Continued to Monday

The hearing was continued to Monday and I doubt it will finish on Monday.  Kudos to those who showed up to support the Gracia family.  It was truly wonderful to see the gallery full on their side of the courtroom!  One thing I'm fairly sure of is that, a judge who is in the courtroom from 8 AM to 6:30 PM, probably isn't the primary caretaker of pets.  I need to breath for a bit after this very long day but then I'll be back to tell you about a veterinary "expert" who certainly isn't an expert on heartworms and fleas.  (Hey, Vet, if you're reading, sometimes the proper answer is "That's not my area of expertise."  Come on back and you'll find out why you really should learn how to say "I don't know" instead of winging it.)

And somebody check Telemundo News please and let me know what the reporter said.

Addendum: As exhausted as I am, I just had to add this from one of my previous posts...

It disturbs me when I see animals seized and forfeited while humaniacs cite “numerous parasites” or even “positive for heartworms”.

Ah, yes, heartworms.  Let’s talk about nematodes.  “The "roundworms" or "nematodes" (phylum Nematoda) are the most diverse phylum of pseudocoelomates, and one of the most diverse of all animals. Nematode species are very difficult to distinguish; over 28,000 have been described, of which over 16,000 are parasitic. It has been estimated that the total number of described and undescribed roundworms might be more than 500,000.”  16,000 known parasitic roundworms and, if the percentage and holds when they find all 500,000, that means there are about 250,000 species of parasitic roundworms.  But 16,000 is enough for me to contemplate for now.  NOW I understand why those packages of medications for my dogs say “roundworm” and then spell out which species of roundworm they mean!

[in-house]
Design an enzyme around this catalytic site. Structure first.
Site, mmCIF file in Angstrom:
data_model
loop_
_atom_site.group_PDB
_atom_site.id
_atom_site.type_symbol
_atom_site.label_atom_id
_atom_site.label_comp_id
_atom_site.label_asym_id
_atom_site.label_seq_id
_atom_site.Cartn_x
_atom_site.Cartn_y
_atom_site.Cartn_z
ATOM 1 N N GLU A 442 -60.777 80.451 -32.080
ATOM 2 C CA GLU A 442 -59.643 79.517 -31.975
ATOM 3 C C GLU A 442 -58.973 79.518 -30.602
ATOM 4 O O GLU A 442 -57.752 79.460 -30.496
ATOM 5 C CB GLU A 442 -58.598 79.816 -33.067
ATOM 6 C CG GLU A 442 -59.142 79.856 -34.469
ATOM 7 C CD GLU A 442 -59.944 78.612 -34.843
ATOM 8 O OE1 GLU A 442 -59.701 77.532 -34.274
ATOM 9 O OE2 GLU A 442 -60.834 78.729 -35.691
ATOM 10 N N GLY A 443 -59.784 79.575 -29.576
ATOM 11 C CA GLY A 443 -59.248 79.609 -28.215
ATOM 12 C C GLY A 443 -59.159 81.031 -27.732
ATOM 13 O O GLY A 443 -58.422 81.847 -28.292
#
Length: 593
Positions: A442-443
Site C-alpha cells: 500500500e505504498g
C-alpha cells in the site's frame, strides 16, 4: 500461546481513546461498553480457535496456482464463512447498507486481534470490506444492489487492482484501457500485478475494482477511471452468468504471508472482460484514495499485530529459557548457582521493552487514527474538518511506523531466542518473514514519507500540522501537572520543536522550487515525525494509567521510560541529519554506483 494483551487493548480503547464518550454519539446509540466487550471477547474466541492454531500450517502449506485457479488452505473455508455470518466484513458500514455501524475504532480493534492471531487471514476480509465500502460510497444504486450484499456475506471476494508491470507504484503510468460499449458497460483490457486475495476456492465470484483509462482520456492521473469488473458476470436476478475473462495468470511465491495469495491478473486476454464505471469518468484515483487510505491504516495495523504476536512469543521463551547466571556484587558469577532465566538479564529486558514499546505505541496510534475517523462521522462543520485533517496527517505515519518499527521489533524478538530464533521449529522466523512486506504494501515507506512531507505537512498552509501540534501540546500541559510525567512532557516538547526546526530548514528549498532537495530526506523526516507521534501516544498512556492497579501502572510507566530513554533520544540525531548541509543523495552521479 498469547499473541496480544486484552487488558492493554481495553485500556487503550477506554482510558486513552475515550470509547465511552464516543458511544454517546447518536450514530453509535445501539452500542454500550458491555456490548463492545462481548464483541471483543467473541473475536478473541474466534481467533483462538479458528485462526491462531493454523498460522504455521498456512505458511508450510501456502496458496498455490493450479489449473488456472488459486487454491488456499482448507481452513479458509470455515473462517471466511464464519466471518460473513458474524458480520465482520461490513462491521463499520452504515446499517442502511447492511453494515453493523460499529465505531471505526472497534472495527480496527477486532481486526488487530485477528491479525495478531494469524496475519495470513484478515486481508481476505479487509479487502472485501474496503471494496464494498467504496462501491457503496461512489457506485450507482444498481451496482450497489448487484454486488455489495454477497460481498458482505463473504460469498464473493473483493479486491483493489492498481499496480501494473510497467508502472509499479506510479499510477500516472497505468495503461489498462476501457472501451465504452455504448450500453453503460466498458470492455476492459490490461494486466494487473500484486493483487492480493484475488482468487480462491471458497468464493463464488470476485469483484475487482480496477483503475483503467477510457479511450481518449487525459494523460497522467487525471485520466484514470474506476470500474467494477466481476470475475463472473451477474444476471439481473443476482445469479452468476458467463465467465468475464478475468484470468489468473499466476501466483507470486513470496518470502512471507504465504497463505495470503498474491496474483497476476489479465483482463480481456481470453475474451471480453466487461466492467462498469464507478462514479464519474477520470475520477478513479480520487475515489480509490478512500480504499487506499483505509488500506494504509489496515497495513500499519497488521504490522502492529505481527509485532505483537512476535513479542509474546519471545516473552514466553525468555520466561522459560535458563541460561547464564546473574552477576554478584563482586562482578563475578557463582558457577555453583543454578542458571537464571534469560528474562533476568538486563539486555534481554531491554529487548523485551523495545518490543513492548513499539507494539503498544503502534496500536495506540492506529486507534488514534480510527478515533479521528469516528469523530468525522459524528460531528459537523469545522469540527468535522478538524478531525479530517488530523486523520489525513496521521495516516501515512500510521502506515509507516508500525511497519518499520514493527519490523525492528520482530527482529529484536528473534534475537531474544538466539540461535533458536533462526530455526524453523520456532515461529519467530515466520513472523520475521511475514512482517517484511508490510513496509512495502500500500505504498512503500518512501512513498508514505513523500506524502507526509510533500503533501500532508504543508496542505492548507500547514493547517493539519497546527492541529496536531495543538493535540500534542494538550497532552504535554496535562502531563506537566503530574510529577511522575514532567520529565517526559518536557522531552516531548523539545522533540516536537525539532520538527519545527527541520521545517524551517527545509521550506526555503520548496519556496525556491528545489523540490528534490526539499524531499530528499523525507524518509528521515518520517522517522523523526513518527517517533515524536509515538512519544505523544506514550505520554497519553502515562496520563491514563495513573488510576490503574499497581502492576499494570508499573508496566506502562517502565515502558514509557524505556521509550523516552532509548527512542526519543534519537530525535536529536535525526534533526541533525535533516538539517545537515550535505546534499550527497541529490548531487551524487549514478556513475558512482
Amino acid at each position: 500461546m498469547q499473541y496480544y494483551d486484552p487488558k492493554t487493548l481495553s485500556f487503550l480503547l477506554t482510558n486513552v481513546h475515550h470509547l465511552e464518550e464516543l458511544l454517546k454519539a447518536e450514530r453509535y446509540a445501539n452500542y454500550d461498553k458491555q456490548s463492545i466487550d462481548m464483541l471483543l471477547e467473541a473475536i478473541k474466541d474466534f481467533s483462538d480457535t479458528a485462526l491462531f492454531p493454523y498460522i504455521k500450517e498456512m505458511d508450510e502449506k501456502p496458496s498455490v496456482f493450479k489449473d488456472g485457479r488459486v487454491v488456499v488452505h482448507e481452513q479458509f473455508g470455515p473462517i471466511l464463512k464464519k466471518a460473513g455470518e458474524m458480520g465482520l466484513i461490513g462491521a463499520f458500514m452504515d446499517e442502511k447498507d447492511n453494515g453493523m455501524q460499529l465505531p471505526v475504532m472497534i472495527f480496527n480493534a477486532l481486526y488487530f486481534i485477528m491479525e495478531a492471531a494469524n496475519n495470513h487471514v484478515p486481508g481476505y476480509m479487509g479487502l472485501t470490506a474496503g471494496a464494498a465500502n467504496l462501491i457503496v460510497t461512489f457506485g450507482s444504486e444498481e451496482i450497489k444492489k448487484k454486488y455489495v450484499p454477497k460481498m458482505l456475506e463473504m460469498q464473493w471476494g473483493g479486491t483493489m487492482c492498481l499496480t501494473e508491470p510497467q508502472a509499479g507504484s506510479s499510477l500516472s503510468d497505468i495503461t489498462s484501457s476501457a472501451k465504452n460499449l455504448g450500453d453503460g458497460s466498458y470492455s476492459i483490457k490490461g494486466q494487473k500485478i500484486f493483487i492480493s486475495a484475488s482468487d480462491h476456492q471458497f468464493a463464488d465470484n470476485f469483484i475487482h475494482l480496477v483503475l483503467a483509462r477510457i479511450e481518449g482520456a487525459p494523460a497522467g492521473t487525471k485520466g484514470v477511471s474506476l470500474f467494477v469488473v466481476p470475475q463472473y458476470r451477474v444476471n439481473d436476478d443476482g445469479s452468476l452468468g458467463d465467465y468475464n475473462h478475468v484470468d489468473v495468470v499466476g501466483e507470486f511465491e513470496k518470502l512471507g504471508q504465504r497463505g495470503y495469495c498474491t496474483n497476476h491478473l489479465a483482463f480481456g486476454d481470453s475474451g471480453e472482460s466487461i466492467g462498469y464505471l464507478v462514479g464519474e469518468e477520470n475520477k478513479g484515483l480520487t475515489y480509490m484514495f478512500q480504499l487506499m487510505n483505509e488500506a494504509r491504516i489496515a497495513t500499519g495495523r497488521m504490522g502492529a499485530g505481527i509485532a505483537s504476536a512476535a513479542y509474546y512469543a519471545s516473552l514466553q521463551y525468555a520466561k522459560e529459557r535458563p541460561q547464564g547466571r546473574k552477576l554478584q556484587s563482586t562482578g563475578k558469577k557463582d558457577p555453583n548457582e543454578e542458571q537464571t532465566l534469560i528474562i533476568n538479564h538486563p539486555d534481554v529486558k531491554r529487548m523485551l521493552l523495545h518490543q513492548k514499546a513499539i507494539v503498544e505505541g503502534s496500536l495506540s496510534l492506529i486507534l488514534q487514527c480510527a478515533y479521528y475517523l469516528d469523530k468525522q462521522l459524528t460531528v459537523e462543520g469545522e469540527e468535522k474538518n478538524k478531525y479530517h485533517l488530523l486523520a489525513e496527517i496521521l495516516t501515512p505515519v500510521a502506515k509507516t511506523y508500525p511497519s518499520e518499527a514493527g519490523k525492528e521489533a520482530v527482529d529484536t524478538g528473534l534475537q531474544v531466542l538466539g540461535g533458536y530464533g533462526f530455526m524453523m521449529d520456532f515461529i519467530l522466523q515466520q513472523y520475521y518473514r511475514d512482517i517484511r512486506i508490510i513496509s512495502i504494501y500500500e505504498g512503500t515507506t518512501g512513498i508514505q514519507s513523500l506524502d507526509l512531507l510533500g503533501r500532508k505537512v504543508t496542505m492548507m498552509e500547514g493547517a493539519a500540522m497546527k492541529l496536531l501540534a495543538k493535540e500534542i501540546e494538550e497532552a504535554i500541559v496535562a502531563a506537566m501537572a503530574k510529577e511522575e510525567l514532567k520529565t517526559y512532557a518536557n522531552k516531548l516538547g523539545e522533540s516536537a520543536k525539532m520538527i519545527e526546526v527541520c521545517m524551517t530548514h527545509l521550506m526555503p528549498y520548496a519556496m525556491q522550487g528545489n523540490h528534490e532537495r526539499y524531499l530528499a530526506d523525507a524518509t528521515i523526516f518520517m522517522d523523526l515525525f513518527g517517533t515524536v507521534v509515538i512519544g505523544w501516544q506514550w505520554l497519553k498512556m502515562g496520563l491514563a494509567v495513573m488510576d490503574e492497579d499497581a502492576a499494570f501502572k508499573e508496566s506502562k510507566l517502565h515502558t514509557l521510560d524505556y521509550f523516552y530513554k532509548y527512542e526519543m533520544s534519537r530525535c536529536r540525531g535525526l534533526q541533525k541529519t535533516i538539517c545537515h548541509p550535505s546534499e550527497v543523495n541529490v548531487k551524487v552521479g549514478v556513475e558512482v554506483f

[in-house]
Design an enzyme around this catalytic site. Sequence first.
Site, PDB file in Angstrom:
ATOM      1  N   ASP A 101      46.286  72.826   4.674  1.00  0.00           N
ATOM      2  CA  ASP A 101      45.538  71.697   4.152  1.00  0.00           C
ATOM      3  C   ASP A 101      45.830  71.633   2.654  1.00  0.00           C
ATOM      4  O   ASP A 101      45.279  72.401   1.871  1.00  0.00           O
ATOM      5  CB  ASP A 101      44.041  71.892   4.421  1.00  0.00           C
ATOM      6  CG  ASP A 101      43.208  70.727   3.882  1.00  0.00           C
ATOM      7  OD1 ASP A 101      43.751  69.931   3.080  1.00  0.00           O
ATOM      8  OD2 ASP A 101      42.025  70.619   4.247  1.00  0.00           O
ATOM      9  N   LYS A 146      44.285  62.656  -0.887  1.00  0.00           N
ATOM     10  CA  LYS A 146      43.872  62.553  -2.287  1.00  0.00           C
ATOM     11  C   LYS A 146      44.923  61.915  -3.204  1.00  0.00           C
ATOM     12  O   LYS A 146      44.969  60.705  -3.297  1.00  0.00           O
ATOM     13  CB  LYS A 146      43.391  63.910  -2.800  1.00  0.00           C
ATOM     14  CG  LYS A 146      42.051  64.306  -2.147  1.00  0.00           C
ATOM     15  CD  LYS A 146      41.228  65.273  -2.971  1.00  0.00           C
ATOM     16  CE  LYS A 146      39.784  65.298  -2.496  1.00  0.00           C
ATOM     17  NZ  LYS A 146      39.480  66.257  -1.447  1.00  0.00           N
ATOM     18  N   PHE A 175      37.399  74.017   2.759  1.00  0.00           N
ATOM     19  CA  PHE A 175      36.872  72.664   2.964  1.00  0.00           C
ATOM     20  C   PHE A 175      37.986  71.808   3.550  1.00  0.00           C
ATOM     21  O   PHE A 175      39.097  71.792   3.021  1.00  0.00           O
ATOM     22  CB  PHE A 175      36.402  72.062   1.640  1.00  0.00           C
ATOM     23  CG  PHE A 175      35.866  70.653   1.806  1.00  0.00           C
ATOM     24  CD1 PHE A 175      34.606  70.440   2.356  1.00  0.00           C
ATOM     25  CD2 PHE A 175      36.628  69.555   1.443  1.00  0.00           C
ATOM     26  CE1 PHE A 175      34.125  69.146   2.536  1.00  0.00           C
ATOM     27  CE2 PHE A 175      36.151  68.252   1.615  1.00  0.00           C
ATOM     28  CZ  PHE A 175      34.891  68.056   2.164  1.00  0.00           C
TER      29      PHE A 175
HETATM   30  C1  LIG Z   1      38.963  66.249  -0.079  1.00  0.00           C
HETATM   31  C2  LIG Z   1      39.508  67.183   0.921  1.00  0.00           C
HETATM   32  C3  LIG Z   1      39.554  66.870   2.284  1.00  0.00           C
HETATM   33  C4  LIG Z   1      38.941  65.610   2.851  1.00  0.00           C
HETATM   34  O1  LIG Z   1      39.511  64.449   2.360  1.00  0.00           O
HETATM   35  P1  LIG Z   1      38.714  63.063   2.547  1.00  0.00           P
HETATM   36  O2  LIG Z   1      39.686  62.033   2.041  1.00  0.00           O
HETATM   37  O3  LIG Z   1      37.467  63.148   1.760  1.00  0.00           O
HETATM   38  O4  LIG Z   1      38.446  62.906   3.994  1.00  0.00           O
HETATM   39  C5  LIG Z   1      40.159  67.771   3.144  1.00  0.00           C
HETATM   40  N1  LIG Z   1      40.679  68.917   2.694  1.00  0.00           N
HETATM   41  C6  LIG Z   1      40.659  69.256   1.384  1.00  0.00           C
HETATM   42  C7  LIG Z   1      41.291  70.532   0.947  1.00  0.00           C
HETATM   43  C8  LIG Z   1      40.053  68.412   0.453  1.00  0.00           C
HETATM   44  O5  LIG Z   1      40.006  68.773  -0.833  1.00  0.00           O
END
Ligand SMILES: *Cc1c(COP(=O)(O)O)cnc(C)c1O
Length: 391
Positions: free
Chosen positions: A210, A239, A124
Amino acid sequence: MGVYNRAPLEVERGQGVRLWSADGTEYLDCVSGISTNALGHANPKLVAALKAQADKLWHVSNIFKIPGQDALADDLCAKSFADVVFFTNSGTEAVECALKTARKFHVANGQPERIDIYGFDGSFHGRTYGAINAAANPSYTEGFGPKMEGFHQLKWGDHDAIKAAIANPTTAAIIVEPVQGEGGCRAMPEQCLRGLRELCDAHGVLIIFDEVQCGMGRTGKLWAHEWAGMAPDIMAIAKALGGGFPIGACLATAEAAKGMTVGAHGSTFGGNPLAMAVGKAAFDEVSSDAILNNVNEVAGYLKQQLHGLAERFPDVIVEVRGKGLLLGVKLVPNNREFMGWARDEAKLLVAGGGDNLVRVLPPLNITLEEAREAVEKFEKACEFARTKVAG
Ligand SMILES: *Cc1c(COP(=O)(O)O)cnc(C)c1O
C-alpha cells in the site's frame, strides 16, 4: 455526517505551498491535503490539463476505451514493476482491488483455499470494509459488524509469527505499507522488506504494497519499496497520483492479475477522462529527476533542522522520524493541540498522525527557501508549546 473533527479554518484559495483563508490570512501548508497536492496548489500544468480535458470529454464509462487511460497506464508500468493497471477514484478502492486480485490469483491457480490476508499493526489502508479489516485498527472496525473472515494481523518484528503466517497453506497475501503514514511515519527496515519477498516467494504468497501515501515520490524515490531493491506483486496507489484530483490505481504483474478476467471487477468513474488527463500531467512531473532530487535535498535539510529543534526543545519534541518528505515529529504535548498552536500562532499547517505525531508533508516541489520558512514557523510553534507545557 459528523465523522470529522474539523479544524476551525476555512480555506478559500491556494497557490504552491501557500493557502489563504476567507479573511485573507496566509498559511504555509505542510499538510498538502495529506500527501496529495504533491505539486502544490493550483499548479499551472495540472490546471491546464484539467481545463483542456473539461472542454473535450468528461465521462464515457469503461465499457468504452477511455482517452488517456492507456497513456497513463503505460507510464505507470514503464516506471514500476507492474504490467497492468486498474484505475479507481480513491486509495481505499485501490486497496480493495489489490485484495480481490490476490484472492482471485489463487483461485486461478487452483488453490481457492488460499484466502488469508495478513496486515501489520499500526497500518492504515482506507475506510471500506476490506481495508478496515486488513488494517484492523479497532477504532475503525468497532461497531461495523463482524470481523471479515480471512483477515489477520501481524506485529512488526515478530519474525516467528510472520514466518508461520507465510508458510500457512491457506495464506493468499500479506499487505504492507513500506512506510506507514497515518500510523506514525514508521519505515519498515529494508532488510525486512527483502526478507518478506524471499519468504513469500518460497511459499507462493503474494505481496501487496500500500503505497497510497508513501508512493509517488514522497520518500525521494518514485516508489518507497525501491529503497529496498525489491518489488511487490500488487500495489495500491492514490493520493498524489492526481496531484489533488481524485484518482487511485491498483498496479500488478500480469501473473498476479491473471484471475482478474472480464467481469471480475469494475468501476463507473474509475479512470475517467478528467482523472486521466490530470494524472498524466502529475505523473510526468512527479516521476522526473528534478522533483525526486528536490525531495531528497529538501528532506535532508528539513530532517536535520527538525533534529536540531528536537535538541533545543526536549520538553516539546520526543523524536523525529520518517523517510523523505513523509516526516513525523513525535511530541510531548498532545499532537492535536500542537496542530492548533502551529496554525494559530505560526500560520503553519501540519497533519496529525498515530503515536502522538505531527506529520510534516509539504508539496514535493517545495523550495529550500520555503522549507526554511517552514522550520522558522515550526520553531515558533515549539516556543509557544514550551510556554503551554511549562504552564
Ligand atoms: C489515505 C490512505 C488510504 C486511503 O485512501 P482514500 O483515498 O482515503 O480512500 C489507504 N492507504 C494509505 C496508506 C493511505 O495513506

Do you know that heartworms are roundworms?  Of course, you can't buy the pesticide to kill them at the local WallyMart as you can for some other roundworms but still they are roundworms.

Heartworms are “a parasitic roundworm (Dirofilaria immitis) that is spread from host to host through the bites of mosquitoes…”  Back a few decades, my first dog tested positive for heartworms.  At the time, I didn’t really understand and simply depended on my veterinarian.  The dog was treated, recuperated and survived nicely with little damage from the mild infection.  I recently took in a stray who is heartworm positive and, with the internet now available, I started doing research.  I now know how that first dog of mine could test negative for heartworms several times, be on “preventative” consistently, and then positive on a different test.  In fact, if you live in an area where heartworms and mosquitoes are endemic, your dogs probably have heartworms in their system.  They may or may not have heartworm disease.

Heartworms go through several life stages before they become adults infecting the heart of the host animal. The worms require the mosquito as an intermediate stage in order to complete their life cycle... The period between the initial infection when the dog is bitten by a mosquito and the maturation of the worms into adults living in the heart takes 6 to 7 months… Dogs show no indication of heartworm infection during the 6 month long prepatent period prior to the worms' maturation, and current diagnostic tests for the presence of microfilariae or antigens cannot detect prepatent infections.”  Buried in there are some answers.  It is adult heartworms that cause disease and traditional tests reveal the presence of one stage of baby heartworms, NOT adult heartworms.  The majority of heartworm preventatives are NOT preventatives at all.  They are pesticides that kill off younger heartworms.